For those of you who’ve not heard the humble math rock beginnings of Minus the Bear, I strongly encourage you to go out and find a copy of their debut album “Highly Refined Pirates” as soon as possible. Between that and the EPs “This Is What I Know About Being Gigantic”, “Bands Like It When You Yell ‘Yar!’ At Them” and “They Make Beer Commercials Like This”, Minus the Bear had built their early career on making incredibly catchy, quirky, and subversive rock songs that sounded little like other bands around at the time. Throw in silly song titles like “Monkey!!! Knife!!! Fight!!!” and “I Lost All My Money at the Cock Fights” and suddenly you’ve got a really cool band that also clearly has a sense of humor. Those were the years of 2001-2004, when I was so impressed with the band that they quickly became one of my favorite new indie acts. Then 2005 arrived, and my excitement knew no bounds upon the release of their sophmore album “Menos El Oso”. But the funny song titles had disappeared, and with them a band that was far more serious about what they were doing. Playtime was over, and now they were making math rock with purpose and laser-like focus. By that same token, the album was excellent but not as catchy as its predecessor, and when I saw the band live for the first time the experience was marred by an excessively drunk guy next to me who eventually threw a bottle at the stage. 2007’s “Planet of Ice” pulled me in two different directions as I finally accepted the quirky and fun days of old were gone forever, but suddenly the band shifted their direction yet again and moved away from their math rock past into something more psychedelic and synth-dominant. Another good record, but once again I was bothered by the band’s inability to commit to a style and stick with it for more than one album. And despite their knack for writing compelling songs, their once unique sound had turned into an imitation of other, more classic bands. Now with a new album and record label in tow, Minus the Bear’s new album “Omni” is out this week, and surprise surprise, they’re once again experiencing another shift in their sonic palette.
When recording “Omni”, Minus the Bear were without a record label. They parted ways with Suicide Squeeze, the label they had been with from the very beginning. To help generate interest in their new recordings, they released the song “Into the Mirror”, which apparently earned them some attention from Dangerbird Records, who they signed with in February. The song was an early indicator of the stylistic shift that “Omni” would offer: a mid-tempo, slickly produced track that was extremely synth-heavy yet still pretty good overall. It was promising in the idea that the new record could be their most accessible and danceable yet, something that the pre-release single “My Time” backed up with flying colors. I may still be upset with the band for abandoning their math rock roots, but the early indicators were that at least the new stuff was going to be compelling in one form or another. Here’s the thing though: compelling as it might be, “Omni” as a whole comes across as a somewhat desperate attempt at currying favor with a mainstream audience. Completely overproduced is the first thing that comes to mind when thinking about the album. This thing has so much polish that the song title “Into the Mirror” might as well describe exactly how it sounds. The record is so clean I can hear my own reflection in it. Then throw in, outside of the two aforementioned singles, that after a half dozen times through I can’t mentally recall what any of the other songs sound like, and we’ve got problems. “Excuses”, something that describes what the band may be making after what’s sure to be a collection of negative reviews, is perhaps the only other song on the album I have a moderate liking for. Don’t even get me started on the lyrics either, which treats sex, drugs and rock n’ roll like it’s a new concept yet to be explored in song.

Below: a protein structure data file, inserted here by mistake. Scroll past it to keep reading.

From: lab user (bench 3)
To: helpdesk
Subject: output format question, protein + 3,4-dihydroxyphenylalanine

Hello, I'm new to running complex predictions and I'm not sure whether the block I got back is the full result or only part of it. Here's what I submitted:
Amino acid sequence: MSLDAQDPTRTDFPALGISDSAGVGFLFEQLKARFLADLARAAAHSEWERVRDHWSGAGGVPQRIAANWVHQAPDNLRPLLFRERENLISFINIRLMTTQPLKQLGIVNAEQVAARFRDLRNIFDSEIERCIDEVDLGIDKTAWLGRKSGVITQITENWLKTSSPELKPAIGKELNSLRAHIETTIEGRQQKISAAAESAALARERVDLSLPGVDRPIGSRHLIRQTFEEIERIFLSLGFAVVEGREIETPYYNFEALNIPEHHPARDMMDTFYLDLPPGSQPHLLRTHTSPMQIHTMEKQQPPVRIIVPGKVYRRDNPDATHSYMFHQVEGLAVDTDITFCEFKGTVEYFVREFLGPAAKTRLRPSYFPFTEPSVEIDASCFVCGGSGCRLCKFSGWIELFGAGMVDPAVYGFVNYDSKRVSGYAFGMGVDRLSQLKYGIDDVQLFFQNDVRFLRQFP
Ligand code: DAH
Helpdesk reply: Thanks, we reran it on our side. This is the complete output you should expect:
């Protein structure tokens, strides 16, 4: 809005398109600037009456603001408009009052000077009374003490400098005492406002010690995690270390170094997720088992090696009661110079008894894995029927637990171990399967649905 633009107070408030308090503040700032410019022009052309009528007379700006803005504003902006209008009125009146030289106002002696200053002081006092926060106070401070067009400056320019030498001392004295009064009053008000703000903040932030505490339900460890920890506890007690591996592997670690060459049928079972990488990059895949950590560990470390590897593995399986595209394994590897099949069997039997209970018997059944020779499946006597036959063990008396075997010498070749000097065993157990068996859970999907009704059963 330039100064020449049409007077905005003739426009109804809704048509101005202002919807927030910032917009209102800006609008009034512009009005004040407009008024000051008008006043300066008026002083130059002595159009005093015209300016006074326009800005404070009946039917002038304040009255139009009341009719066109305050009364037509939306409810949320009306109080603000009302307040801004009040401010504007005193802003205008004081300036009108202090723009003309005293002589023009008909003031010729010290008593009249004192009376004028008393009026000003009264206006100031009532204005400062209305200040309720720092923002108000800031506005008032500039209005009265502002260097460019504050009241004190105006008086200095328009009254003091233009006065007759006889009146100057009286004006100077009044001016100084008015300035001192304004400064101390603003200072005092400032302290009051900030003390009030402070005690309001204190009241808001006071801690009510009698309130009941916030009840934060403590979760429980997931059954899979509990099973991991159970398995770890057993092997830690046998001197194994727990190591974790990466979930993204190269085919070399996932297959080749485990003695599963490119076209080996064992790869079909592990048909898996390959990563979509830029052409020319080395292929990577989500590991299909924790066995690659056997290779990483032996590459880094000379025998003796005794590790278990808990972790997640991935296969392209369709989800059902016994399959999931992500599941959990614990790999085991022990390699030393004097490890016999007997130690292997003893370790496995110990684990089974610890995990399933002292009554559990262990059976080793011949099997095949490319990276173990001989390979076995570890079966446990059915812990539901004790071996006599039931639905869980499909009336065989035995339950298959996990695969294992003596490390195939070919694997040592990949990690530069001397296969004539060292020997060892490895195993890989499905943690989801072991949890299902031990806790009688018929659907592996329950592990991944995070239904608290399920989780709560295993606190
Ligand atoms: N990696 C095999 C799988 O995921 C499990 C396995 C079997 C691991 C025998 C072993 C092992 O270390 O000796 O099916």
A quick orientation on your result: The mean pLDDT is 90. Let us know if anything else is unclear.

Despite my many complaints, I still find myself thinking that “Omni” isn’t a horrible album. Instead, consider this review like a parent chastising a child for telling a white lie: you’re upset and you may yell at them, but in the end what they did wasn’t THAT bad and you still love them anyways. The record may be overproduced and unmemorable, but there are no songs that I actively dislike. Inoffensive and easy is the name of the game, and Minus the Bear do it with pluck and dignity. Yes, they’re a bland shell of what they once were, but if that translates to a wider audience and higher record sales, more power to ’em. For the sake of my own sanity I can’t recommend that you buy “Omni”, but if you showed me a copy in your record collection I wouldn’t yell at you for it. The salad days of my love for Minus the Bear may be quickly going by the wayside, but I’m comforted by the idea that they might find solace in the arms of a teenage kid who doesn’t know any better. “Omni” is a risk that this band needed to take, and rest assured should they eventually choose to return to their sound of old, I’ll be waiting for them with open arms. Thanks for that killer game of Crisco Twister, guys.
Minus the Bear – Into the Mirror (mediafire)